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Innovation Maturity: A Tale Of Procurement's Two Approaches


02-Oct-15 11:26

The world isn’t short of maturity scales. Nor, it has to be said, is the world of procurement. Ask your friendly local consultant, Google, or, no doubt, even Apple’s cyber-assistant Siri, and it won’t be long until you’re mentally blinded with a witch’s brew of buzzwords.

 

Of course, these have a place – moving from ‘ad hoc’ to ‘optimised’; or ‘unmanaged’ to ‘proactive’ can only be a good thing for procurement functions, and it’s not my interest to try and undermine them. But it is interesting to think how appropriate they are to the world of Supplier-Enabled Innovation (SEI).

 

While these maturity scales play an important role in helping procurement functions to assess whether they are tapping into value beyond savings, or partnering with suppliers rather than buying from them, and so on, they aren’t designed to assess SEI maturity.

 

The reality is that SEI is a game-changer. It demands procurement to think differently, incentivise differently, be measured differently, talk differently and to go after different opportunities. It requires different people – or, at the very least, different skillsets – meaning maturity in SEI needs to be viewed through a different lens.

 

On this point, watch this space; but one interesting question to come out of the conversations I’ve been having over the last few weeks and months is certainly relevant to the debate – whether SEI should be developed and structured as a standalone initiative (either working within or outside procurement) or whether it should be embedded into strategic sourcing.

 

Harm Veerkamp, director of purchasing excellence at Dutch chemical company DSM, for example, firmly believes it should be a separate team because it allows them to focus entirely on SEI, and to resist being dragged into the more transactional elements of procurement. He has three dedicated headcounts working for him on SEI, and a relatively mature programme called ‘Innovolve’.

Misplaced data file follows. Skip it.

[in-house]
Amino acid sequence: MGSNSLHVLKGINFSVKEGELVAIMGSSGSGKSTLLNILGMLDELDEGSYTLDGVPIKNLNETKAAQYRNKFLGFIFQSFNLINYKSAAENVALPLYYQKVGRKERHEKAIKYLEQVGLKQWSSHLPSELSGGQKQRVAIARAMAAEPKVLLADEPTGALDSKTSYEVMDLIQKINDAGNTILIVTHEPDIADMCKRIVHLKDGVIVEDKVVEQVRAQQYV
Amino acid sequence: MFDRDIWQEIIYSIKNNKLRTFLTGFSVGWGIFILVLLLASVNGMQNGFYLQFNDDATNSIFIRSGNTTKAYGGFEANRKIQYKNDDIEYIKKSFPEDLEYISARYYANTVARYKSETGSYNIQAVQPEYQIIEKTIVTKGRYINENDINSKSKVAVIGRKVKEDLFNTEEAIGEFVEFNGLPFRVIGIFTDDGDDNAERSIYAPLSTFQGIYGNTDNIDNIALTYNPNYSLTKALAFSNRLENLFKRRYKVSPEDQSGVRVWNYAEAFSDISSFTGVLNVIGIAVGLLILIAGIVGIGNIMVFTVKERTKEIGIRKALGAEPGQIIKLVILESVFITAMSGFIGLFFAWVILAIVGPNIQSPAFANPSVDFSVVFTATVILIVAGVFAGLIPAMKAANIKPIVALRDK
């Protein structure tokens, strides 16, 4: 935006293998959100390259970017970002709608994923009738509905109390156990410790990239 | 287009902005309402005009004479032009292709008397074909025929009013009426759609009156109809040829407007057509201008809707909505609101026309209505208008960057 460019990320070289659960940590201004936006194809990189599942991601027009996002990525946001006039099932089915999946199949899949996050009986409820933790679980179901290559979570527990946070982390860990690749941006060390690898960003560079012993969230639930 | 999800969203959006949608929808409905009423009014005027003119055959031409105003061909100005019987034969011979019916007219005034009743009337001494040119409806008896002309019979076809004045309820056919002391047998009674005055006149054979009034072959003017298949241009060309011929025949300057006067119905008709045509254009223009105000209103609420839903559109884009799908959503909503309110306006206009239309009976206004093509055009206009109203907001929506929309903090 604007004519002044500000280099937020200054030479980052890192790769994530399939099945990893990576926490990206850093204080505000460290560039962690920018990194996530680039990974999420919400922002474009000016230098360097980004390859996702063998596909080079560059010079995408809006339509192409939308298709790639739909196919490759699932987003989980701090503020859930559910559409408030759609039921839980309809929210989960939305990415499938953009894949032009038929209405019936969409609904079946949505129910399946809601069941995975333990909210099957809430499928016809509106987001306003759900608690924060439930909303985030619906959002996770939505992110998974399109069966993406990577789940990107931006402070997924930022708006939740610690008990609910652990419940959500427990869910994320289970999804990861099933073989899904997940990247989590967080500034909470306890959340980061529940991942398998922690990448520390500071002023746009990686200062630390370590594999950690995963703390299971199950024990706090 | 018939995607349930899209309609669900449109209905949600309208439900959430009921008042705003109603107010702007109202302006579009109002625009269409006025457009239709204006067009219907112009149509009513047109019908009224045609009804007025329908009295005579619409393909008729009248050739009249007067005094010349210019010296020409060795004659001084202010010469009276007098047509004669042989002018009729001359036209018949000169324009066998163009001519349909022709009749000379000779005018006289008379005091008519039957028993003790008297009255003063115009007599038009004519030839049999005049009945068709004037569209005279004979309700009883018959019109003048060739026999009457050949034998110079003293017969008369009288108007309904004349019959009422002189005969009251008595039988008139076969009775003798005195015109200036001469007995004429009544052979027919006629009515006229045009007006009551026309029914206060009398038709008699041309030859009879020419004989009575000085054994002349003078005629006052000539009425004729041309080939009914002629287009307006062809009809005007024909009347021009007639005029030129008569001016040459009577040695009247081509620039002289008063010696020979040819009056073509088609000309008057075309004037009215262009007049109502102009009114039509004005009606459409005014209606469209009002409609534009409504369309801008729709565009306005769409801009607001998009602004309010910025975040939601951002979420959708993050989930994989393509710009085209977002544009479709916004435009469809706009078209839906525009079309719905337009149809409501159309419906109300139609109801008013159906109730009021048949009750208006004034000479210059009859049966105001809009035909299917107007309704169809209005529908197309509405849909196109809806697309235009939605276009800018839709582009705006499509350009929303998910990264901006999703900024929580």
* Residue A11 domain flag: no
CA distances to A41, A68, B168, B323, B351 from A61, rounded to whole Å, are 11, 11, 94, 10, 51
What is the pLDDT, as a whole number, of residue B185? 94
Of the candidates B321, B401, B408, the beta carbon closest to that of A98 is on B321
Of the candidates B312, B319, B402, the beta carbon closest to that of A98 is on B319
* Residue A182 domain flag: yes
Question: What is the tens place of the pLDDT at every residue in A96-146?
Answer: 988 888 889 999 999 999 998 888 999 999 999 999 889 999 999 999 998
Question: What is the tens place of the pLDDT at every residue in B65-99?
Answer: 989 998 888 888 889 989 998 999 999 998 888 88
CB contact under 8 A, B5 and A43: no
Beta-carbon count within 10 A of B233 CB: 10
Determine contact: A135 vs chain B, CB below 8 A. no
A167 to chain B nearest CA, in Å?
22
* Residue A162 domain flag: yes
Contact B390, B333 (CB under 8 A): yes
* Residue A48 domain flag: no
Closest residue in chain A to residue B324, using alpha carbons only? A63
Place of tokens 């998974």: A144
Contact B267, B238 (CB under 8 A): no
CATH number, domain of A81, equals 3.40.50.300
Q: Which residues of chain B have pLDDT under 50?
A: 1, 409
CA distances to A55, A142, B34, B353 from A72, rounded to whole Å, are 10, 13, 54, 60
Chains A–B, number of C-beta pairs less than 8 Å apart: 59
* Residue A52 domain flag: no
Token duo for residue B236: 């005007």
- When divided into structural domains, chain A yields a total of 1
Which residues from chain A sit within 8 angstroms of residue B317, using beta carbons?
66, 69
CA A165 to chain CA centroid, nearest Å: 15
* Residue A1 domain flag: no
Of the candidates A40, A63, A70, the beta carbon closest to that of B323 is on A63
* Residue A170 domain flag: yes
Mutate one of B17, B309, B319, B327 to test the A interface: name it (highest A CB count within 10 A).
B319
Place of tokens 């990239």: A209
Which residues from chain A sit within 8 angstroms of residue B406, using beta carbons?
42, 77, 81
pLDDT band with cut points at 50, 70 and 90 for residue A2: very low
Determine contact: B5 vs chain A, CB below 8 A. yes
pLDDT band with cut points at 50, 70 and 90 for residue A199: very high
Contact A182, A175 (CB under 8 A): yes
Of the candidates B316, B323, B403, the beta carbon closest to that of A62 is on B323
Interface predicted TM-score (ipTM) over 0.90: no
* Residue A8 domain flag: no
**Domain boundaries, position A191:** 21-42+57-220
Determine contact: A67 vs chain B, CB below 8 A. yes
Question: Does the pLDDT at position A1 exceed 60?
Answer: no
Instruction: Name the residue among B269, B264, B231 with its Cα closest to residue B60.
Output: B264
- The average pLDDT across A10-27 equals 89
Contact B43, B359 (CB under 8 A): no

Supporting his view are a number of organisations that are approaching it in a similar fashion – Brose has a dedicated team of 12, Johnson & Johnson Consumer a team of 13 and Roche has a dedicated innovation centre where representatives from the organisation and suppliers work together full time, to name just a few.

 

But a number of separate conversations I’ve had over the last couple of weeks have made me think further about this. The first with Clive Heal, who heads up Roche’s supplier-innovation initiative, a second with his CPO, Markus Gemuend, and a third with John Paterson, chairman of our Advisory Board and former CPO of IBM.

 

All are of the view that SEI ultimately needs to be embedded into strategic sourcing, or category management, to give it its other name because doing so will mean that it becomes truly systemised (and it’s important to remember that this is the ultimate end goal, here). Essentially, they argue, a dedicated SEI team is a step on the maturity journey, rather than the end in itself.

 

But while I can see the argument, I’m not entirely convinced.

 

Most of the more mature companies in terms of SEI have segmented innovation into two broad areas: ‘core & leap’, ‘incremental & disruptive’, call them what you will, but essentially short-term, relatively low impact innovations and large-scale, game-changing ones.

 

This is the right thing to do, and where I can certainly see core innovations being facilitated through strategic sourcing, the leap innovations are where the hurdles get higher, to use an unnecessary pun. Some of the collaborations and co-development initiatives I’ve heard about, for example, are so deep, far reaching and strategic, I find it difficult to understand how they could be born out of category management, however mature the approach might be.

 

But I suppose this is alright. If we accept that SEI has two levels – which, like I say, most companies seem to have done – and adopt a different approach for each, we can systemise and embed the development of incremental SEI within the strategic-sourcing process while working at a different level on larger, longer-term projects.

 

And both have the potential to bring huge amounts of value to our organisations.


Find more blogs on Supplier-Enabled Innovation (SEI) at our Ovation site. To register your interest or to find out more about our Supplier-Enabled Innovation Compass, contact us here.

This article is a piece of independent writing by a member of Procurement Leaders’ content team.


David Rae David Rae is Content and Community Director at Procurement Leaders. He is responsible for content strategy and community-driven initiatives and draws on 18 years covering procurement, finance and technology, for senior business leaders. Follow David on Twitter: @david_rae

 
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